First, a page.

Those who have known me longer than 11 seconds accept that I am entirely devoid of left-brain skills. This impacts every facet of my life, including dieting. Which is why, instead of embarking on the labor-intensive, track every calorie you ingest and enter it into an on-line monitoring system, I would be better served by some sort of home-delivery methodology that brings scrumptious food to my door with a note reading “Bon appetit!” All the estimating, calculating, logging, and accounting make me grumpier than the calorie restrictions. I didn’t want an algorithm. I was hoping for a waist! But the “lose it” system I’ve adopted and followed since October 17th has done one thing for me — other than chase the same freaking four-point six pounds around the calendar week after week — it’s made me mindful. It has helped me recognize and own up to the fact that I have seriously underestimated my food consumption these past two years. I always wondered how that innocent little nightly dish of Blue Bell coffee ice cream I woofed down six months running could possibly have wrecked this much havoc. As the governor of our state likes to say: “Oops!”
I also underestimated how long it takes a fully-grown adult female to dispense with the fifteen pounds she picked up in the land of cream and denial. It takes a lot of work, and it’s a challenge I’m perfectly capable of meeting. I just like to whine and write about it a lot. My point being, and you just knew I had one, being mindful isn’t such a bad thing. As I prepare for the Thursday feasting, I want to go into it with my eyes wide open, conscious and cognizant of my options and choices, so I can make the very best decisions for myself and not totally undo the positive progress I’ve made thus far. I turned to the experts — those cool analytical folks at www.walking.about.com . They are all about mindfulness. They let you run down a checklist of the popular food goodies we’re likely to ingest a couple of days from now, and then they are thoughtful enough to provide an estimate of how far we’ll need to walk to work off what we’ve eaten. See? They make it so simple. Calories in, calories burned, easy as — well, pie’s on there too. And the answer is? Seventeen point four miles. How’s that for mindful? Even though I’ve been working the program for more than a month, my brain never picked up on the fact that it takes about a mile of walking to burn around a hundred calories. In simpler terms: Want the butter? Walk the mile. That sort of puts in all in perspective, huh? So, I’m thinking I’m going to run down that list again and see what I might want to leave at the bargaining table come Thursday. Then I can get down to the real business of Thanksgiving, which is not about counting calories at all; it’s about counting blessings.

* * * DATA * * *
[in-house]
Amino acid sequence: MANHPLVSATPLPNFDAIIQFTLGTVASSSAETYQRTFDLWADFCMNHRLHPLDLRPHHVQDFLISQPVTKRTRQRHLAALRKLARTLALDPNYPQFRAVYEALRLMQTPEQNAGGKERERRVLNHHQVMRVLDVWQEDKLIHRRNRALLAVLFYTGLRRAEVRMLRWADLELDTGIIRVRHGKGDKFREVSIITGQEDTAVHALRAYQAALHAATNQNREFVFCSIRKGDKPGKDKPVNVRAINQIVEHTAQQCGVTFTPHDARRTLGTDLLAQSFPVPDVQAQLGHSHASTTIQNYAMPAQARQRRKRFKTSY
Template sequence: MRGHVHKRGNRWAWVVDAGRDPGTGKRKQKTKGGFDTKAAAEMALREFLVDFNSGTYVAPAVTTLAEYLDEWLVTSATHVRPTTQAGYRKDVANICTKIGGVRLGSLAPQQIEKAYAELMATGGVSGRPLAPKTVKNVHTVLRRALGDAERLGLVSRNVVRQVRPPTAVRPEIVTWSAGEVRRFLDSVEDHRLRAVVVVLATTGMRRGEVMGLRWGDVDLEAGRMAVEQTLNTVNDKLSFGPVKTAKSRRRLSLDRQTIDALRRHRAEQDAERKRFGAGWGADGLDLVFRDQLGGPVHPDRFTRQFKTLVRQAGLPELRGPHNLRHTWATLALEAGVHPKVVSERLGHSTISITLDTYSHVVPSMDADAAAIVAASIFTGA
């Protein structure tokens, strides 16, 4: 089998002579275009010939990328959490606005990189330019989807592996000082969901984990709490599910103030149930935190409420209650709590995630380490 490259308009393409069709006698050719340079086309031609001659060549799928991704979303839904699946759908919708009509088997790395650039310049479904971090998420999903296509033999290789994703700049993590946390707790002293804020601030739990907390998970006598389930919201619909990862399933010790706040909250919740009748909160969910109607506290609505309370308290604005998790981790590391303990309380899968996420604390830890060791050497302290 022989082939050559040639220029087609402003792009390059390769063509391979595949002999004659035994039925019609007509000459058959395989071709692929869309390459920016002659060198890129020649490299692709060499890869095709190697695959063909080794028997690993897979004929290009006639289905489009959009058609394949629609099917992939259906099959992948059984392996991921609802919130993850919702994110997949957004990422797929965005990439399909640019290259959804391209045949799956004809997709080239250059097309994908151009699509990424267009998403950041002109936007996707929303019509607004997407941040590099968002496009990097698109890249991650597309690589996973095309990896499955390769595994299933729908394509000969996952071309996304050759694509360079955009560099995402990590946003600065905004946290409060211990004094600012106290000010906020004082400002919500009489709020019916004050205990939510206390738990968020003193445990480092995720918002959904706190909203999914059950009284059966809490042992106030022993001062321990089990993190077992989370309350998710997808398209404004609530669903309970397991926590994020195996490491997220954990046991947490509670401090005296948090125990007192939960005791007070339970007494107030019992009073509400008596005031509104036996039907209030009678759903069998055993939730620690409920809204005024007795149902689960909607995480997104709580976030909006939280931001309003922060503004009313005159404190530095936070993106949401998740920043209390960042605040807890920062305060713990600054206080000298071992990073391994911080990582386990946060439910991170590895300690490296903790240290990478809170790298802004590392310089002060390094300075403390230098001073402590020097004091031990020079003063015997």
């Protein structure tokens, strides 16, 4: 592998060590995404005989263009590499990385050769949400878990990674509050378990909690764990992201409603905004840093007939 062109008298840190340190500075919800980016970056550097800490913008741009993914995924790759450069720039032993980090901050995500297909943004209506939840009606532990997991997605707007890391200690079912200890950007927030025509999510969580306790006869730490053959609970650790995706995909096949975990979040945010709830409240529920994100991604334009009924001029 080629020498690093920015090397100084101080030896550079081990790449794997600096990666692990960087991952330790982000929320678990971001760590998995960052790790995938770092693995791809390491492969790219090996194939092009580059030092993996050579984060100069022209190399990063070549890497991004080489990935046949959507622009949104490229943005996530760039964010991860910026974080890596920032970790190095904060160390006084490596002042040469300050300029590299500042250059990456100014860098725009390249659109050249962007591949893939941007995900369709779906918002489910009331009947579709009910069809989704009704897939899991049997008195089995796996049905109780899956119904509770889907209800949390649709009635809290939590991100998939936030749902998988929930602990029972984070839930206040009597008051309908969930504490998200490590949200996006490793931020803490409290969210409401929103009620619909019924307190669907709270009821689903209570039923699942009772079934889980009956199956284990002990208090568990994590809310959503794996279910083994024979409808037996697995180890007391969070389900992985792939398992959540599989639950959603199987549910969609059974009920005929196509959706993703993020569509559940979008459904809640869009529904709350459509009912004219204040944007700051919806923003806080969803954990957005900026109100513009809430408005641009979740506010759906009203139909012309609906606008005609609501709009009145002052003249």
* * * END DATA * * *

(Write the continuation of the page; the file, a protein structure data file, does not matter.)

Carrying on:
Now that’s mindfulness.